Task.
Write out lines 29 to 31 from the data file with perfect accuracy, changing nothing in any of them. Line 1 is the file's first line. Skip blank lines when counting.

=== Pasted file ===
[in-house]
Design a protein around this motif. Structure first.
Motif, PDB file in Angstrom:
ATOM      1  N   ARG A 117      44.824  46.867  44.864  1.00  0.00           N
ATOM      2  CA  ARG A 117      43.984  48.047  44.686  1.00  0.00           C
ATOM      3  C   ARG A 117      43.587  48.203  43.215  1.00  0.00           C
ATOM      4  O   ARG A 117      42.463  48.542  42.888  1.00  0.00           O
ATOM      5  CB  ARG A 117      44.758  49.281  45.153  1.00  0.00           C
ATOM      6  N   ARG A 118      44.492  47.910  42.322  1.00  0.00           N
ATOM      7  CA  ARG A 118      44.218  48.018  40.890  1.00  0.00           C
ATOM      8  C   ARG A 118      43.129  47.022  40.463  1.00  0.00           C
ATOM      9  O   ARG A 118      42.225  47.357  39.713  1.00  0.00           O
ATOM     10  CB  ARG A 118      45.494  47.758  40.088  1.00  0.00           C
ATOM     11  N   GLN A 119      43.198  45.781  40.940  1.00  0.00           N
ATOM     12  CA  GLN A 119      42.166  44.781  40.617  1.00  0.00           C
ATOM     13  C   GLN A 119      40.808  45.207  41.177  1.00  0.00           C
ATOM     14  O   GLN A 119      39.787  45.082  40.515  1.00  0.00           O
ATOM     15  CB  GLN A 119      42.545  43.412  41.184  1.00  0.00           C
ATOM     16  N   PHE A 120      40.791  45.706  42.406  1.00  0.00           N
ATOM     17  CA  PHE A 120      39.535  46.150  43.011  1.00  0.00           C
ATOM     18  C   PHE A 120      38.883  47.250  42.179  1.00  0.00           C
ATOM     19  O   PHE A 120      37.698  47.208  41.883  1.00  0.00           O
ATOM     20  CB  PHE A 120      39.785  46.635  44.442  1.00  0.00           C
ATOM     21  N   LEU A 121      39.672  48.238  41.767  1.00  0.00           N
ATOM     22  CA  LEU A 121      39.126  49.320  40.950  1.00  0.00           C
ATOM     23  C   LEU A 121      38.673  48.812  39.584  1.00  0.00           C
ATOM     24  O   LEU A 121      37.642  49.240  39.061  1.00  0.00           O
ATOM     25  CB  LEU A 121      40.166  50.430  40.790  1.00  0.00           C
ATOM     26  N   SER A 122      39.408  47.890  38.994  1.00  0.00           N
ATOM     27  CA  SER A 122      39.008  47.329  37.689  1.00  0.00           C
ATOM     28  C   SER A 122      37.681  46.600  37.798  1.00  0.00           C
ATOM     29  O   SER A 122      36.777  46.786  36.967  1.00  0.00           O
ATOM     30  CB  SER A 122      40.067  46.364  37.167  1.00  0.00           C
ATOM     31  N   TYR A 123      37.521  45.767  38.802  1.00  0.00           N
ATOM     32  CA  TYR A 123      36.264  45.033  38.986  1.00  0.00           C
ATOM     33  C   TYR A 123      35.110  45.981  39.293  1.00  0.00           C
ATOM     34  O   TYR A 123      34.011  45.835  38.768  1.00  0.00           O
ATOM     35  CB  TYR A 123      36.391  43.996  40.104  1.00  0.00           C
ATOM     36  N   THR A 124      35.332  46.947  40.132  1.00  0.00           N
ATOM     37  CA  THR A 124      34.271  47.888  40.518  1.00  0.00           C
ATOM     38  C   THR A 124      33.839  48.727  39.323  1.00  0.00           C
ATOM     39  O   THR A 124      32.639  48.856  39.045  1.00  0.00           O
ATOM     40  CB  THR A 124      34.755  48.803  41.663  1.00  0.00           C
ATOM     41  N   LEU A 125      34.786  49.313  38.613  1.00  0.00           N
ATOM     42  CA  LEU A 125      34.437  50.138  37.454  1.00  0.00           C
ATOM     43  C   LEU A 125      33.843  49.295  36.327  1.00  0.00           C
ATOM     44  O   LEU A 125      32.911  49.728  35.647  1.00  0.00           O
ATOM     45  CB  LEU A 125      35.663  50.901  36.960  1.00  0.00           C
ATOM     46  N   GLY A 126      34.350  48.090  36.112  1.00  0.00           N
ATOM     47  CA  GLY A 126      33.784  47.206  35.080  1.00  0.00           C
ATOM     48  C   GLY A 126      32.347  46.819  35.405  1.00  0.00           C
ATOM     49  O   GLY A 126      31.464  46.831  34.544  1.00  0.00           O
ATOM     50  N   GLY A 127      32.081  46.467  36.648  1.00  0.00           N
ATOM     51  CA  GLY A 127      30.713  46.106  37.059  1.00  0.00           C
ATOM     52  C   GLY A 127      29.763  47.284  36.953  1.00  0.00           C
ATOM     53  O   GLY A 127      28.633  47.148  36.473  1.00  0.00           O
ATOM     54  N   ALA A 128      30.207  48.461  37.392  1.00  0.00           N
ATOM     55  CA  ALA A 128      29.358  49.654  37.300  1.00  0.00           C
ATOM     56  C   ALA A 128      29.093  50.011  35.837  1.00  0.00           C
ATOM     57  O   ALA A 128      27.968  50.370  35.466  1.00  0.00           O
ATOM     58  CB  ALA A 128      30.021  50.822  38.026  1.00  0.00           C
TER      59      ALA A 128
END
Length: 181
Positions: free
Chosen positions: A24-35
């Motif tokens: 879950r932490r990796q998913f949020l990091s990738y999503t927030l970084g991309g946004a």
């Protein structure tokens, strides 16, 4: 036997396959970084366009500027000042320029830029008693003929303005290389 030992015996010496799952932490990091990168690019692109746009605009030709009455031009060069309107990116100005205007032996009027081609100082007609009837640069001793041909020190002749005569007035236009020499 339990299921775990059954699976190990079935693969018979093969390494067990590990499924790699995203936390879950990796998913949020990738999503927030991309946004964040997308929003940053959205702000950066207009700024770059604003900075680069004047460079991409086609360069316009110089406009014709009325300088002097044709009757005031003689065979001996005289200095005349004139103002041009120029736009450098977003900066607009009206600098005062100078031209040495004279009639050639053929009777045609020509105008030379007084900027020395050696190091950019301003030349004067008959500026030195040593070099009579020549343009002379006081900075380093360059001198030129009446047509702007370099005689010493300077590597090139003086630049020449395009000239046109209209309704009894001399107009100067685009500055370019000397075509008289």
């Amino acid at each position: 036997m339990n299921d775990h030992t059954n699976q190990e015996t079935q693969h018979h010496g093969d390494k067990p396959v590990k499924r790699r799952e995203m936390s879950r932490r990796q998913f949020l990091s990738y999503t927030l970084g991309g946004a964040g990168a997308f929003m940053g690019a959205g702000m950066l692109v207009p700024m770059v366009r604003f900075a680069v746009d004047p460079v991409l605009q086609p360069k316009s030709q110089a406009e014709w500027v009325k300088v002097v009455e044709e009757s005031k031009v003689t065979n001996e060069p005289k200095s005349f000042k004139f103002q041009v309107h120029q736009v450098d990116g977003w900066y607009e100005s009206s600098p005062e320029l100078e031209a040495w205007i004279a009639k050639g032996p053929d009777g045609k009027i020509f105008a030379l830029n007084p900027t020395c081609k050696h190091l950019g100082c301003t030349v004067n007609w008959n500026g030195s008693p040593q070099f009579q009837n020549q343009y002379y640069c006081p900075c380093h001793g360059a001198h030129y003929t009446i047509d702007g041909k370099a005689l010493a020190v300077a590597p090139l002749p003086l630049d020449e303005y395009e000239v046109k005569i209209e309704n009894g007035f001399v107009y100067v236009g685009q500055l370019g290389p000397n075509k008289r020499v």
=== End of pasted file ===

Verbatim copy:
ATOM     26  N   SER A 122      39.408  47.890  38.994  1.00  0.00           N
ATOM     27  CA  SER A 122      39.008  47.329  37.689  1.00  0.00           C
ATOM     28  C   SER A 122      37.681  46.600  37.798  1.00  0.00           C